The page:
Brexit will put energy trading between the UK and EU at risk, warn Lords

Written by Liam Kirkaldy on 29 January 2018 in News

The EU Energy and Environment Sub-Committee found that, with the EU providing around 12 per cent of the UK’s gas, leaving the single market could raise serious problems for maintaining supply

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Brexit will put energy trading between the UK and EU at risk, according to a new House of Lords report.

In a new publication, ‘Brexit: energy security’, members of the EU Energy and Environment Sub-Committee found that, with the EU providing around 12 per cent of the UK’s gas and five per cent of its electricity, leaving the single market could raise serious problems for maintaining supply.

The Lords also stressed that the nuclear safety and research treaty Euratom is “fundamental” to the current functioning of nuclear energy generation in the UK.

Failure to replace its provisions by the point of withdrawal could result in the UK being unable to import nuclear materials, peers warned, bringing the UK’s civil nuclear industry to a halt.

The report also expressed concern that without access to specialist EU workers plans to build new nuclear generation sites, such as including the controversial Hinkley C project, may not be feasible.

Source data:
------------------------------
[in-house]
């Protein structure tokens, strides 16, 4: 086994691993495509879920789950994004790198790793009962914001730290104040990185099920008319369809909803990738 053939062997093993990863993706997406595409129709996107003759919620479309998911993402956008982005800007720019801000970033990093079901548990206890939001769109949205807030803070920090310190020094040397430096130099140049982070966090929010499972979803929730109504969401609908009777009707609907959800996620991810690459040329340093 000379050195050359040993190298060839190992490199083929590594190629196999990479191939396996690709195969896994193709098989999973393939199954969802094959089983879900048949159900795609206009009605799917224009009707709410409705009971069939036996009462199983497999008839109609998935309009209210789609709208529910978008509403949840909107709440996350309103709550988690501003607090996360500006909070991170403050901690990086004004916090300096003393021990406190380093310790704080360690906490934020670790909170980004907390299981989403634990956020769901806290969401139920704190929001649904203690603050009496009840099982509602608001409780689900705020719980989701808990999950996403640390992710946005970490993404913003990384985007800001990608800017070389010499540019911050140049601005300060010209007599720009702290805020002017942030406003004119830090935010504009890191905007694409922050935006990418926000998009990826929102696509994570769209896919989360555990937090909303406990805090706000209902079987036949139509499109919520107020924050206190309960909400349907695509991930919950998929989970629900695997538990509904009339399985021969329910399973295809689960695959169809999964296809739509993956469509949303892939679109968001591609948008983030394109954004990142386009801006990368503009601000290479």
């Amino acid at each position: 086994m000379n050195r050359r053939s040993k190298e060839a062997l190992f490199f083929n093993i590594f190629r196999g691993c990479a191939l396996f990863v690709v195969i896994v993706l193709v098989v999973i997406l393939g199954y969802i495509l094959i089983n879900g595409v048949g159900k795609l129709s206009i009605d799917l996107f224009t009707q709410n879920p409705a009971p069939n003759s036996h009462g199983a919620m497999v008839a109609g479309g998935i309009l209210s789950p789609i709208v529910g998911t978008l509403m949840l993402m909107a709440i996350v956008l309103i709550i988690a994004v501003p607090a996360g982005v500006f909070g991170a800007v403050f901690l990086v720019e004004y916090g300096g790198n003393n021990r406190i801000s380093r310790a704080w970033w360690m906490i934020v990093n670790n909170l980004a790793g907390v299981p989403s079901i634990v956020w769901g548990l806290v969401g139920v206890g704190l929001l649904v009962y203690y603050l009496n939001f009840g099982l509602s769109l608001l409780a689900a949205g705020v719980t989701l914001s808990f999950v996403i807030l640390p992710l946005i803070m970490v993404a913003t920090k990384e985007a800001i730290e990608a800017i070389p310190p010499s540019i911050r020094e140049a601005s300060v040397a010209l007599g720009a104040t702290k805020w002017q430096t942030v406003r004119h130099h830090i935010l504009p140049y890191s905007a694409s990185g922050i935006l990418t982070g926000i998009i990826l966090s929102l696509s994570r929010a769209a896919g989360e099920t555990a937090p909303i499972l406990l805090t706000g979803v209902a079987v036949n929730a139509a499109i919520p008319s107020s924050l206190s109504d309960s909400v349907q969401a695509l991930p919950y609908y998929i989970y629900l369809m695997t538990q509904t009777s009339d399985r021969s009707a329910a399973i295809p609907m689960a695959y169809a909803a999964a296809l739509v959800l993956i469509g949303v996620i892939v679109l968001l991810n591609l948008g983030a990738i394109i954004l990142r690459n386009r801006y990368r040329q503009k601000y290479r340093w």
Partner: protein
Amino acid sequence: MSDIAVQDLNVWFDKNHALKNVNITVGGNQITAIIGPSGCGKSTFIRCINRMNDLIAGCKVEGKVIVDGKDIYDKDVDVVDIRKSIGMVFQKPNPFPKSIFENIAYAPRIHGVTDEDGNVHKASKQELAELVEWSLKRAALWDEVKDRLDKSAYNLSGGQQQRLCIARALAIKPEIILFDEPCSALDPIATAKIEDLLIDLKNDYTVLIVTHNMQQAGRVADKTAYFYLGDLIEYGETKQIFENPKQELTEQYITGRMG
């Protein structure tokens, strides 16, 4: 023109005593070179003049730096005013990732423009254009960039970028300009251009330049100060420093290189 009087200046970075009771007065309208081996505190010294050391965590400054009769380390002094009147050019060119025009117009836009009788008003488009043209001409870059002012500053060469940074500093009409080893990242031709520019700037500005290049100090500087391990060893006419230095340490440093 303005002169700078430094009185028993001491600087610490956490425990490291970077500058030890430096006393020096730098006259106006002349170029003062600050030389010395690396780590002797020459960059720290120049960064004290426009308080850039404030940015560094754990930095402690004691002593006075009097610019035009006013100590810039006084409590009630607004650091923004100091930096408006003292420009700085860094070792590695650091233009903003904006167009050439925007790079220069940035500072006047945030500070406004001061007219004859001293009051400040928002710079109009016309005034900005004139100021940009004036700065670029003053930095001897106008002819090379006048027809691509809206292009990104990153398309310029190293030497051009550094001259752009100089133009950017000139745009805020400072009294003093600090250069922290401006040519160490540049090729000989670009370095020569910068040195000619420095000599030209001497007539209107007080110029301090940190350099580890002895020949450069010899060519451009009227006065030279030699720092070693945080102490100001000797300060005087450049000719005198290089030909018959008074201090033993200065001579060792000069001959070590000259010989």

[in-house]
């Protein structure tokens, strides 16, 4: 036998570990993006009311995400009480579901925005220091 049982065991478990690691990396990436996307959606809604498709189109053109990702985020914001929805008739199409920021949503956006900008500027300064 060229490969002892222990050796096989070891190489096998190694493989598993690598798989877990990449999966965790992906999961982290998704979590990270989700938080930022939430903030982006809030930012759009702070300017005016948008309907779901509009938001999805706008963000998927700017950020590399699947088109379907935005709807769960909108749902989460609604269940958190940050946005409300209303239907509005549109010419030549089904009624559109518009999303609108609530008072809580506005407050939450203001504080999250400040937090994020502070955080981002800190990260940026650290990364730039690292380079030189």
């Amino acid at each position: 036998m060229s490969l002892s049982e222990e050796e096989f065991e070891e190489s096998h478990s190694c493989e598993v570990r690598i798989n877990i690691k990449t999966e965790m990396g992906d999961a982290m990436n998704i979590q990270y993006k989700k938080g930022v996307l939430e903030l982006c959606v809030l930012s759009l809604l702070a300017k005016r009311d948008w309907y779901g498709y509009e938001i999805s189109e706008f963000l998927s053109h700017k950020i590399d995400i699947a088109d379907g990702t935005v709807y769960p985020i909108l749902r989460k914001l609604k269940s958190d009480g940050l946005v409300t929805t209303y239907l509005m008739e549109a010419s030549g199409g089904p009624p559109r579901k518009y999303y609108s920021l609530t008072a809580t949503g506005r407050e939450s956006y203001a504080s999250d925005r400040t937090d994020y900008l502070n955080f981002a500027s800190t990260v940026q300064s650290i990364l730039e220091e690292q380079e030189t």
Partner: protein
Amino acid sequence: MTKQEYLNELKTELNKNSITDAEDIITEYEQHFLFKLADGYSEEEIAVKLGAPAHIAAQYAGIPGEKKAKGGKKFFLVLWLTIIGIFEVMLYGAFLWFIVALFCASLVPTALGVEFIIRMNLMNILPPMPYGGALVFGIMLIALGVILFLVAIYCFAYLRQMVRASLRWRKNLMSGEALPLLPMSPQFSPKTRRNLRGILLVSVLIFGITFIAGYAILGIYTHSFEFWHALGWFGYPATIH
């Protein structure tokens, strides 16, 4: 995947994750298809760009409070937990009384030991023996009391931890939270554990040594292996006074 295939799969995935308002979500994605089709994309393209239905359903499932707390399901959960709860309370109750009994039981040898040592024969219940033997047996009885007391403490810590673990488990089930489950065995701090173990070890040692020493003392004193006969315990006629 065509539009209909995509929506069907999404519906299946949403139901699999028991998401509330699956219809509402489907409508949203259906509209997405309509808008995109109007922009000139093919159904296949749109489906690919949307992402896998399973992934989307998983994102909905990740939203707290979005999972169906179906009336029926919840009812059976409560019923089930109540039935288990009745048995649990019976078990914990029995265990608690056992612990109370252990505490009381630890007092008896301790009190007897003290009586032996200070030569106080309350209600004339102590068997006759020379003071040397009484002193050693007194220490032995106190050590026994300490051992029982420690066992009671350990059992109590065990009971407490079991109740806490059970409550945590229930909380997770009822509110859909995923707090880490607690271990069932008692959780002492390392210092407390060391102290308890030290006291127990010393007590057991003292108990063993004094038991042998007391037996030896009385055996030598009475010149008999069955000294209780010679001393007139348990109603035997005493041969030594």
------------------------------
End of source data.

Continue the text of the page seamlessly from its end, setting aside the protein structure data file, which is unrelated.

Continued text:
The report warns that leaving the EU creates the potential for higher energy bills, while also risking supply shortages in the event of extreme weather or unplanned generation outages.

Lord Teverson, chair of the EU Energy and Environment Sub-Committee, said: “Individuals and businesses across the UK depend on a reliable and affordable supply of energy. In recent years, the UK has achieved such a supply in partnership with the EU, working with other member states to make cross-border trade in energy easier and cheaper.

“Over the course of the inquiry the committee heard about the benefits of the UK's current energy relationship with the EU, and the minister acknowledged these benefits when he stated his hope that Brexit would result in as little change as possible.

“It remains unclear, however, how this can be achieved, without remaining in the single market, IEM and the other bodies that develop and implement the EU's energy policy.”

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